Biofilm barriers to contain and degrade dissolved trichloroethylene
Cunningham, Alfred B.
Camper, Anne K.
Sharp, Robert R.
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Biologically produced subsurface barriers (i.e., biofilm barriers) are a viable technology for controlling contaminant migration from hazardous waste sites. Biofilm barriers are created through the injection of bacteria and selective growth medium into a series of wells downstream of a contaminant plume. Adequate substrate addition enables the bacteria to grow and form thick biofilms capable of uniform plugging of the subsurface. This technology has been successful in significantly reducing porous media permeability in bench-scale and field-scale applications. The research presented herein expands on current biofilm. barrier technology by examining the feasibility of using a biofilm barrier to not only control contaminant migration through permeability reduction, but also facilitate contaminant biodegradation. ne experimental scenario involved the creation of a dual-species biofilm matrix: one organism to reduce porous media permeability through thick biofilm formation and another organism to degrade a contaminant, in this case trichloroethylene (TCE). Porous medium column experiments demonstrated that a dual-species biofilm barrier can be created and that growth medium concentration was a very important variable in controlling simultaneous TCE degradation and permeability reduction.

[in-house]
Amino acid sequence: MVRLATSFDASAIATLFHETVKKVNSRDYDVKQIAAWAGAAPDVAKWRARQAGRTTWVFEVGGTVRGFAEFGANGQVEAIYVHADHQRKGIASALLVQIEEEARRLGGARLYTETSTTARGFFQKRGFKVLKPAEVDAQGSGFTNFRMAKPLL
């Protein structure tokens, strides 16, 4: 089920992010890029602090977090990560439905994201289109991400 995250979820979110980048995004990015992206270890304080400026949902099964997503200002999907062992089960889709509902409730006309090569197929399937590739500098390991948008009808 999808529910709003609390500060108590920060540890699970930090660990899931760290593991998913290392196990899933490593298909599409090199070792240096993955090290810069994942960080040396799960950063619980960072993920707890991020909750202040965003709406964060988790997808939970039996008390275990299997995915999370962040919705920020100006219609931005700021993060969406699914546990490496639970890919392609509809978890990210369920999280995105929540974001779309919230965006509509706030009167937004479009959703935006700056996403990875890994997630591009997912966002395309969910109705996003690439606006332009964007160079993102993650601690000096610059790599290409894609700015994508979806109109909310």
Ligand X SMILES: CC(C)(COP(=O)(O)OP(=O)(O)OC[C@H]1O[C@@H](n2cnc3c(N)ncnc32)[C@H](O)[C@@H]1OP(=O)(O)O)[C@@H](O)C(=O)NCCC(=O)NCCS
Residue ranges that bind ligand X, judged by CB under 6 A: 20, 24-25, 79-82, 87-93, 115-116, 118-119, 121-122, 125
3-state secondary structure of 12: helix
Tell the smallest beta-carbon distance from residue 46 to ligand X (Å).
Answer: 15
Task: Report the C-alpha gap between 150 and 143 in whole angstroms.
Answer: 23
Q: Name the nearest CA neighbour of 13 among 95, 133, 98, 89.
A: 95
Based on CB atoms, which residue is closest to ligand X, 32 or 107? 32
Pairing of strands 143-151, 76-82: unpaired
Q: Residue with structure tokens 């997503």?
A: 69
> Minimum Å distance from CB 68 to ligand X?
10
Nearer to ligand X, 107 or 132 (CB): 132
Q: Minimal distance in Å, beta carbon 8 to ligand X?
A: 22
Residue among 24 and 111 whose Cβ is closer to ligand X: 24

Komlos J, Cunningham AB, Camper AK, Sharp RR, "Biofilm barriers to contain and degrade dissolved trichloroethylene," Environmental Progress, 2004; 23(1):69-77